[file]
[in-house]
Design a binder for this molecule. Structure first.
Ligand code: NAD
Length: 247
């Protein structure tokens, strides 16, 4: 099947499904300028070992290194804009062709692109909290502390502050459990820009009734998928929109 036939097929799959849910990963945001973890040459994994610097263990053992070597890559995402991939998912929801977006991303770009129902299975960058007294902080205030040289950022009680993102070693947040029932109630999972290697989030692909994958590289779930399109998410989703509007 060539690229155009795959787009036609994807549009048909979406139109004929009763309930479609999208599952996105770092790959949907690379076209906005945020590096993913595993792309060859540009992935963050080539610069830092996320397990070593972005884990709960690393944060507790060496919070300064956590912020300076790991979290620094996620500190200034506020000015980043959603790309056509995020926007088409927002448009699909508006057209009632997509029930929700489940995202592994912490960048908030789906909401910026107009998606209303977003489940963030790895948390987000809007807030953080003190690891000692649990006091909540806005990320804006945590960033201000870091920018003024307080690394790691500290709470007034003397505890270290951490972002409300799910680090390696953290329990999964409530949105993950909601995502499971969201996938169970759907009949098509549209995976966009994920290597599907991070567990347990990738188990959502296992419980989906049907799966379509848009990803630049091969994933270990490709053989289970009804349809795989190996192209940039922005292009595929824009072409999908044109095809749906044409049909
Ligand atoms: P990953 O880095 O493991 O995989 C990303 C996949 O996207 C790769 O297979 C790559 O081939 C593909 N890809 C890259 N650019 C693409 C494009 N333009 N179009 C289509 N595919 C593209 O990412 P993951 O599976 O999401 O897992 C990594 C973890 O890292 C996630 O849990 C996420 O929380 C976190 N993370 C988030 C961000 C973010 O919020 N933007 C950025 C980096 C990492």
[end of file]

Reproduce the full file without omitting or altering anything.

[in-house]
Design a binder for this molecule. Structure first.
Ligand code: NAD
Length: 247
């Protein structure tokens, strides 16, 4: 099947499904300028070992290194804009062709692109909290502390502050459990820009009734998928929109 036939097929799959849910990963945001973890040459994994610097263990053992070597890559995402991939998912929801977006991303770009129902299975960058007294902080205030040289950022009680993102070693947040029932109630999972290697989030692909994958590289779930399109998410989703509007 060539690229155009795959787009036609994807549009048909979406139109004929009763309930479609999208599952996105770092790959949907690379076209906005945020590096993913595993792309060859540009992935963050080539610069830092996320397990070593972005884990709960690393944060507790060496919070300064956590912020300076790991979290620094996620500190200034506020000015980043959603790309056509995020926007088409927002448009699909508006057209009632997509029930929700489940995202592994912490960048908030789906909401910026107009998606209303977003489940963030790895948390987000809007807030953080003190690891000692649990006091909540806005990320804006945590960033201000870091920018003024307080690394790691500290709470007034003397505890270290951490972002409300799910680090390696953290329990999964409530949105993950909601995502499971969201996938169970759907009949098509549209995976966009994920290597599907991070567990347990990738188990959502296992419980989906049907799966379509848009990803630049091969994933270990490709053989289970009804349809795989190996192209940039922005292009595929824009072409999908044109095809749906044409049909
Ligand atoms: P990953 O880095 O493991 O995989 C990303 C996949 O996207 C790769 O297979 C790559 O081939 C593909 N890809 C890259 N650019 C693409 C494009 N333009 N179009 C289509 N595919 C593209 O990412 P993951 O599976 O999401 O897992 C990594 C973890 O890292 C996630 O849990 C996420 O929380 C976190 N993370 C988030 C961000 C973010 O919020 N933007 C950025 C980096 C990492």